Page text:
Surge pricing? How about surge fines: Pennsylvania orders Uber to cough up $11.4m
Super Cali goes ballistic, wait, sorry, wrong state
The Pennsylvania Public Utility Commission has upheld an $11,364,736 fine, the largest in its history, against Uber for running an unlicensed taxi operation and obstructing attempts to investigate the firm.
The PUC issued the fine in May after finding that Uber had provided 122,998 trips to paying customers without receiving authorization from the state* authorities, including nearly 42,000 rides after the firm had been sent an official cease and desist letter.
"We do not take lightly the fact that the civil penalty imposed in this case is the largest in this Commission's history," the chairman and vice chairman of the PUC said in a joint statement. "However, the reason the penalty is so large is because we were faced with an unprecedented number of violations committed by Uber."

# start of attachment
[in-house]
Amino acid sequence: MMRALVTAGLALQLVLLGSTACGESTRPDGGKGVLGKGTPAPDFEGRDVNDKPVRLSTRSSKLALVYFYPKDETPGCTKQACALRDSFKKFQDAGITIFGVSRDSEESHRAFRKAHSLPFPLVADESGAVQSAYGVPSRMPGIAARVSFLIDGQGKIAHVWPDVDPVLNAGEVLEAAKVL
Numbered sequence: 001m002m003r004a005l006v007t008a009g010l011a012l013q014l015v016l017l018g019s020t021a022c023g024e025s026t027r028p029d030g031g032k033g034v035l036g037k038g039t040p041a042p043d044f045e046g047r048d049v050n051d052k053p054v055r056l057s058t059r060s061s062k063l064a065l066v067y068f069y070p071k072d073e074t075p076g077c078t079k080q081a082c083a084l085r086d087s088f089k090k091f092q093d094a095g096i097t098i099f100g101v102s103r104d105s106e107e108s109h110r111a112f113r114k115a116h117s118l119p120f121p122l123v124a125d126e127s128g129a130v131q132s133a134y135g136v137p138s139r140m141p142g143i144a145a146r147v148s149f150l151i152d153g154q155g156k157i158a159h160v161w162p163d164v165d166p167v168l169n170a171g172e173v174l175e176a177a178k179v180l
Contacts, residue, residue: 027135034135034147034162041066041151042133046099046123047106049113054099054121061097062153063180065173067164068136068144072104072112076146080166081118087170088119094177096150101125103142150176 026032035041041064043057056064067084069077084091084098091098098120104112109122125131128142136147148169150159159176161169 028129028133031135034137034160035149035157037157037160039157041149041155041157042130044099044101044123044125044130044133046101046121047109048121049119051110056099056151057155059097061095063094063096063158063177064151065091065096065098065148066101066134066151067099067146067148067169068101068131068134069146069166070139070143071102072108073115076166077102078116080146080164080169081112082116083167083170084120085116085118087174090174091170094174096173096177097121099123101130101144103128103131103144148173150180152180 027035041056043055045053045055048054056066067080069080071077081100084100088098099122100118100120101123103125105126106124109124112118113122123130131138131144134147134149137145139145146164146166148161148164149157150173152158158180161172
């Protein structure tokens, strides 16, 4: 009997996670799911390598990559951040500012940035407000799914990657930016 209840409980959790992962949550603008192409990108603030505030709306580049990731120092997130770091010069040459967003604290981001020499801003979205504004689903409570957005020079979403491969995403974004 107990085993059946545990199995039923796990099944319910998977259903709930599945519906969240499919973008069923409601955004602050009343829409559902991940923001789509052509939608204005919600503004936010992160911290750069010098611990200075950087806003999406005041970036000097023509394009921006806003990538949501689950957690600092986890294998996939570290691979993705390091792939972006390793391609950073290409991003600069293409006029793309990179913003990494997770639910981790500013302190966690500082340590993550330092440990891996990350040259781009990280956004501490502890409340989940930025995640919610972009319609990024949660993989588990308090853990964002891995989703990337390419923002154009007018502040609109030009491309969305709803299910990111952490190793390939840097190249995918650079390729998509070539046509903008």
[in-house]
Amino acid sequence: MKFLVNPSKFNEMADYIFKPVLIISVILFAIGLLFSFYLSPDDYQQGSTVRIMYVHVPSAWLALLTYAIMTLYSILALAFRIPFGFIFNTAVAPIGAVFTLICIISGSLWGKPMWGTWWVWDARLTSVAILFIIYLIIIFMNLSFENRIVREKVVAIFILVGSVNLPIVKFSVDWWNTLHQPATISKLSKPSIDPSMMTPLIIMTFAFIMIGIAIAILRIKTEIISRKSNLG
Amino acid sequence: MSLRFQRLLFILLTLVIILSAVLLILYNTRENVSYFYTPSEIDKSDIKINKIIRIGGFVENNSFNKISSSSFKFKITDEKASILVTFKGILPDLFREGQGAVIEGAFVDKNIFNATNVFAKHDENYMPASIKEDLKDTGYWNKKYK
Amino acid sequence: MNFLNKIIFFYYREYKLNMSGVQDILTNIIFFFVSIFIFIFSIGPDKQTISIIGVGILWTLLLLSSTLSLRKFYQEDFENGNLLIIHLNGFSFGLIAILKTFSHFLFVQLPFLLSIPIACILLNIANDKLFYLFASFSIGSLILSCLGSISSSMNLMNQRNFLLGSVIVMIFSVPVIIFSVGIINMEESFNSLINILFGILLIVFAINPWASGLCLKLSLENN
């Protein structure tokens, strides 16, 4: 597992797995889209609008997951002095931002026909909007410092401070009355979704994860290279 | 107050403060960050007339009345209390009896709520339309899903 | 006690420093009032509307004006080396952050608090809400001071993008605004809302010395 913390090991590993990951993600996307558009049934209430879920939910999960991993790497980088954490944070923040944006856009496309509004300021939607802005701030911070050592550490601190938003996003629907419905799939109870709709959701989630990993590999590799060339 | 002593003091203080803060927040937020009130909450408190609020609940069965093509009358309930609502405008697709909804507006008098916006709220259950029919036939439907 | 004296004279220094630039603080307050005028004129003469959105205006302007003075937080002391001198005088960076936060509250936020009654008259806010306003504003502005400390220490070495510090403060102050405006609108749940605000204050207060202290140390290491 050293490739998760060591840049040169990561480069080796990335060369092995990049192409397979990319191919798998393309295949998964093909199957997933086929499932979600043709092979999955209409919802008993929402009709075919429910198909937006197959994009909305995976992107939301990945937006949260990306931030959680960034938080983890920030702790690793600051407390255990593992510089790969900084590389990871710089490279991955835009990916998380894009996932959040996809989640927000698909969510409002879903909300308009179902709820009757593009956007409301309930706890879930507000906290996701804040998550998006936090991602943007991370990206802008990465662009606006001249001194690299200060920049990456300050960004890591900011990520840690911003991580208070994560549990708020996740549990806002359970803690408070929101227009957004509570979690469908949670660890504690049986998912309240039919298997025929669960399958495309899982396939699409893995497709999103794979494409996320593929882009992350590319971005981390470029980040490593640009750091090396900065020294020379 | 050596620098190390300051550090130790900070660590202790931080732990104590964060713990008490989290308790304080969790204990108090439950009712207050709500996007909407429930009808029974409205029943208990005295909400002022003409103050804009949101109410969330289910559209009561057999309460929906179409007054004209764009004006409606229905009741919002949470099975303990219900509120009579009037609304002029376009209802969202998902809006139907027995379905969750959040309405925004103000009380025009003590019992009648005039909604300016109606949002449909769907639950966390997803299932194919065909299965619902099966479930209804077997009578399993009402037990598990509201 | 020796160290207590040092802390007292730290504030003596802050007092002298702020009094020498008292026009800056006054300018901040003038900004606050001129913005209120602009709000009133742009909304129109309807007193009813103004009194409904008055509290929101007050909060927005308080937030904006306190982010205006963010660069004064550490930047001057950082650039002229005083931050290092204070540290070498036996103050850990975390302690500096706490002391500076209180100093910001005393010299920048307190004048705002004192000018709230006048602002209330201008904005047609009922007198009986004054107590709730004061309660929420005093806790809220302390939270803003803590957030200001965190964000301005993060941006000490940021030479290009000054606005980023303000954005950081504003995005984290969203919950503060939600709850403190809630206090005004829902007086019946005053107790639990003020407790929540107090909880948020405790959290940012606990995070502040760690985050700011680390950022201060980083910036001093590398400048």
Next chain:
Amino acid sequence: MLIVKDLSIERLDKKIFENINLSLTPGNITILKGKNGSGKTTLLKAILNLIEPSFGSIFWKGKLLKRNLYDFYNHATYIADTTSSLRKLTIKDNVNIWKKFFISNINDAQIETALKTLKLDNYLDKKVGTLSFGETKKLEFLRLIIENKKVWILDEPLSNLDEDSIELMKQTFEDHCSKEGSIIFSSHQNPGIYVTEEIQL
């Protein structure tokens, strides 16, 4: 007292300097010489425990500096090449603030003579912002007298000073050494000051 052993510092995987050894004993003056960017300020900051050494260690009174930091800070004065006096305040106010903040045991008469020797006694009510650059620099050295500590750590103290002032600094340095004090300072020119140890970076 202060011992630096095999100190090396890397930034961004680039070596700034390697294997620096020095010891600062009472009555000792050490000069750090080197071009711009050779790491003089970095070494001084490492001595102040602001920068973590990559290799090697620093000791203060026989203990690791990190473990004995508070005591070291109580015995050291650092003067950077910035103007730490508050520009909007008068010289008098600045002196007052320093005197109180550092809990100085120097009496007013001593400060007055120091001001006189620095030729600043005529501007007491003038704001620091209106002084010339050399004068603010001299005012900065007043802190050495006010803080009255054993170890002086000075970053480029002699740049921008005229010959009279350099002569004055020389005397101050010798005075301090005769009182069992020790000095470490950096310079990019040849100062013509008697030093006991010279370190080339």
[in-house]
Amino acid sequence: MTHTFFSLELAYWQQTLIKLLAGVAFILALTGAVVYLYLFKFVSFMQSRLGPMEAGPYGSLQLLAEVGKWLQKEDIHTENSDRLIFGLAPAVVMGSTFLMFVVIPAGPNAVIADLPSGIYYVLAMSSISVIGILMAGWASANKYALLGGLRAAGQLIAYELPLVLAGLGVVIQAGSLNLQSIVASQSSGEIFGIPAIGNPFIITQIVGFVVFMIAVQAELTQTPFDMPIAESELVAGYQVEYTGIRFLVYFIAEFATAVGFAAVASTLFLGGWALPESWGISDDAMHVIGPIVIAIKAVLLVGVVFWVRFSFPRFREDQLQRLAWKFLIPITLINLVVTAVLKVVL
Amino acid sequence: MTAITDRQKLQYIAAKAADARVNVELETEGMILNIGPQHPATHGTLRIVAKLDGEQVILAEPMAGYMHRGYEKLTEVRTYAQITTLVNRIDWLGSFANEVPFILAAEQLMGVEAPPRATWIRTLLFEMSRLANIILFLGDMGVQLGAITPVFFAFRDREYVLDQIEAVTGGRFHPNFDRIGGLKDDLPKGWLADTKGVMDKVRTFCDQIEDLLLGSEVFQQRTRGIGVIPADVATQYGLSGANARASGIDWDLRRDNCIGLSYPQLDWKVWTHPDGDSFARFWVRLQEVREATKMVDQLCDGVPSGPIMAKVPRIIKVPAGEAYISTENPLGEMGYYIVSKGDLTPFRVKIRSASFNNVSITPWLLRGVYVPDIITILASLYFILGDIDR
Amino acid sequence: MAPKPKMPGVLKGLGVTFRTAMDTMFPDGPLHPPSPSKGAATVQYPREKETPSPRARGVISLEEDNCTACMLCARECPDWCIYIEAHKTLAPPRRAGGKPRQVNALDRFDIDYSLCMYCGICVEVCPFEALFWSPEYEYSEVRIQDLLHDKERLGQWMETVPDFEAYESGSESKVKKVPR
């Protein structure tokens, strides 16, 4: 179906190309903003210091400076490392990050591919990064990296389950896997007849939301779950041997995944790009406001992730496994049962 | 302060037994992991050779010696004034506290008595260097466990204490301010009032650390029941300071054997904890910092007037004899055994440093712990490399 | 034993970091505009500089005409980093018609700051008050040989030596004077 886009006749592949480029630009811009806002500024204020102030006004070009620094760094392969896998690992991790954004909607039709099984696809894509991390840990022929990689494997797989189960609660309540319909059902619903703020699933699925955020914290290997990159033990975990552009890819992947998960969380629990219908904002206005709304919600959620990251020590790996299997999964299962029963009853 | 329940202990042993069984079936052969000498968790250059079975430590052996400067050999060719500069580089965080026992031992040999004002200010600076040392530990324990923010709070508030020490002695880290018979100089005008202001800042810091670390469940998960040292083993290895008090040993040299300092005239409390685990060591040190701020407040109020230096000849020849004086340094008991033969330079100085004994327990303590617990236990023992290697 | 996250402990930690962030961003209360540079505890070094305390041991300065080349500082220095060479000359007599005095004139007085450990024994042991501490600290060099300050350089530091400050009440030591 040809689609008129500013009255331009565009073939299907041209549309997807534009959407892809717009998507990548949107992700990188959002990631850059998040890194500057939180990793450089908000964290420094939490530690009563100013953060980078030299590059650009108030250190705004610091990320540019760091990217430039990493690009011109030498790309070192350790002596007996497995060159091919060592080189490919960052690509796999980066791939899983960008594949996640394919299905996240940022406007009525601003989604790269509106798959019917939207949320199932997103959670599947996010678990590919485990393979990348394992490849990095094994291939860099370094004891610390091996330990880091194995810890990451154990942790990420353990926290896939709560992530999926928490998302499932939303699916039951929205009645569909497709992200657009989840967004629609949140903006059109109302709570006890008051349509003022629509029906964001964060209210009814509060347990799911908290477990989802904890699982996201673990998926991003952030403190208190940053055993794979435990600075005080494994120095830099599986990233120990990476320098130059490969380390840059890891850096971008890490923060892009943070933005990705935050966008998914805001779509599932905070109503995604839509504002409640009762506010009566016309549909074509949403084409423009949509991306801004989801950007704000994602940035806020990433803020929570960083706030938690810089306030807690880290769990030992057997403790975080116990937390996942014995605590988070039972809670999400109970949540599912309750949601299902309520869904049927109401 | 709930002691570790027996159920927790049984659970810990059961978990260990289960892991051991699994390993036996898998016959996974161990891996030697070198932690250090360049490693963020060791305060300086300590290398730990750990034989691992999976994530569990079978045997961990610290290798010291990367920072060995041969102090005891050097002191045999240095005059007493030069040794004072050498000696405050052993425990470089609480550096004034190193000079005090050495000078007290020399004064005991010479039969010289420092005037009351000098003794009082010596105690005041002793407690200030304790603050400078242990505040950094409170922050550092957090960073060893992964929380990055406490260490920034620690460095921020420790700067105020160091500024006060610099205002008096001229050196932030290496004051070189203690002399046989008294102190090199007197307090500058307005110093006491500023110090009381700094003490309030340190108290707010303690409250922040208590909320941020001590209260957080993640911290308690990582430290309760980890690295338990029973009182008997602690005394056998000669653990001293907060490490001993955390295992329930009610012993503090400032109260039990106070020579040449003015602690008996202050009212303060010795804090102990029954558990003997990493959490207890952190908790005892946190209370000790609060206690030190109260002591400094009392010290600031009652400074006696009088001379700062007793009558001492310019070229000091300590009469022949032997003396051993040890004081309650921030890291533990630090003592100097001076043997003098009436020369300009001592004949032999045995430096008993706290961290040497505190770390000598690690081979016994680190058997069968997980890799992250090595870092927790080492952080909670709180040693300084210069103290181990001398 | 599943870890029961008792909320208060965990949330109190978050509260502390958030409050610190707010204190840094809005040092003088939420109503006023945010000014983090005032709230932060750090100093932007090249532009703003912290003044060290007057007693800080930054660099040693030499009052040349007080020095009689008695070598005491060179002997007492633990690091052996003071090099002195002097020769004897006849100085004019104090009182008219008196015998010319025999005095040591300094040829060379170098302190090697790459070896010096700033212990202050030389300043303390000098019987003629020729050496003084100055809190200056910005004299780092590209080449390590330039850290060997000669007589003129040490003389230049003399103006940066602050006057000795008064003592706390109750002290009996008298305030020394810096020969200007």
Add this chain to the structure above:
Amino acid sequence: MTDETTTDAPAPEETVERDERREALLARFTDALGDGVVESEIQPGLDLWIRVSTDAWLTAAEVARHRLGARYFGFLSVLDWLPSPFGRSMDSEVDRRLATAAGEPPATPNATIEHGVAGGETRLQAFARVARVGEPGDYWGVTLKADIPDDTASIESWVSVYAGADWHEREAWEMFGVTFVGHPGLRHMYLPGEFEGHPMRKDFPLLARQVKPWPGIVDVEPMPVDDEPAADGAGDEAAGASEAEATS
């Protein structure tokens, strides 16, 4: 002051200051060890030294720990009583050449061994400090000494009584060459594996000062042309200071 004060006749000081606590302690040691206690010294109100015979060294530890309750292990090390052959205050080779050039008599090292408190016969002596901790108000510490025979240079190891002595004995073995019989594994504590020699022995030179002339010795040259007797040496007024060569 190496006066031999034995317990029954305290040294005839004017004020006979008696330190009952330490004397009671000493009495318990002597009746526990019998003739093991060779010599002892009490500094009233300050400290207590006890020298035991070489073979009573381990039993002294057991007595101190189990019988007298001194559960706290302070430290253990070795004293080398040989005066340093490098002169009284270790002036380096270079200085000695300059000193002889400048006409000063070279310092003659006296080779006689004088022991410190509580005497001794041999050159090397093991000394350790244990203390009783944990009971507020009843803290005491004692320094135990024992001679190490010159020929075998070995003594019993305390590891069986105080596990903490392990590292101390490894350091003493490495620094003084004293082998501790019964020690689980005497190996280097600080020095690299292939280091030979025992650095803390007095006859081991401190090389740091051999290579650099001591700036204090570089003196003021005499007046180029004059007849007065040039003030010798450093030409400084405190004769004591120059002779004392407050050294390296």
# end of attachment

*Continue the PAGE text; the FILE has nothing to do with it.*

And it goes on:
Judging from the size of the fine, the PUC is really butthurt about Uber. In contrast, Lyft got a fine of just $250,000 for operating its ride business in the state, and the largest previous fine from the PUC was $1.8m levied against HIKO Energy after they jacked up their prices to cash in on the 2014 polar vortex cold snap.
Tom Wolf, the governor of Pennsylvania, intervened personally in the debate, saying that the fine was "unprecedented." He urged the PUC to rethink, particularly as Uber has its Advanced Technology Center developing self-driving cars in the state.
"We are shocked that the PUC would compound its past mistakes and send the troubling message that Pennsylvania is unwelcoming to technology and innovation," Uber told The Reg in a statement.
"For technical violations in bringing Uber to Pennsylvanians, the PUC has imposed an absurd and record-breaking fine which demonstrates why the Commonwealth needs permanent, statewide ridesharing legislation as soon as possible."
Uber said it would appeal the ruling at the Commonwealth Court. But even if it is forced to pay up, an $11.4m fine is a drop in the ocean for a firm that's losing $7m a day. ®
Yes, we know that technically Pennsylvania is a commonwealth, not a state, but there's practically no difference between the two.
Pennsylvania, along with Massachusetts, Virginia, and Kentucky, all became commonwealths to show their independence from their hated British overlords. You'd think they'd have got over it by now, but apparently not.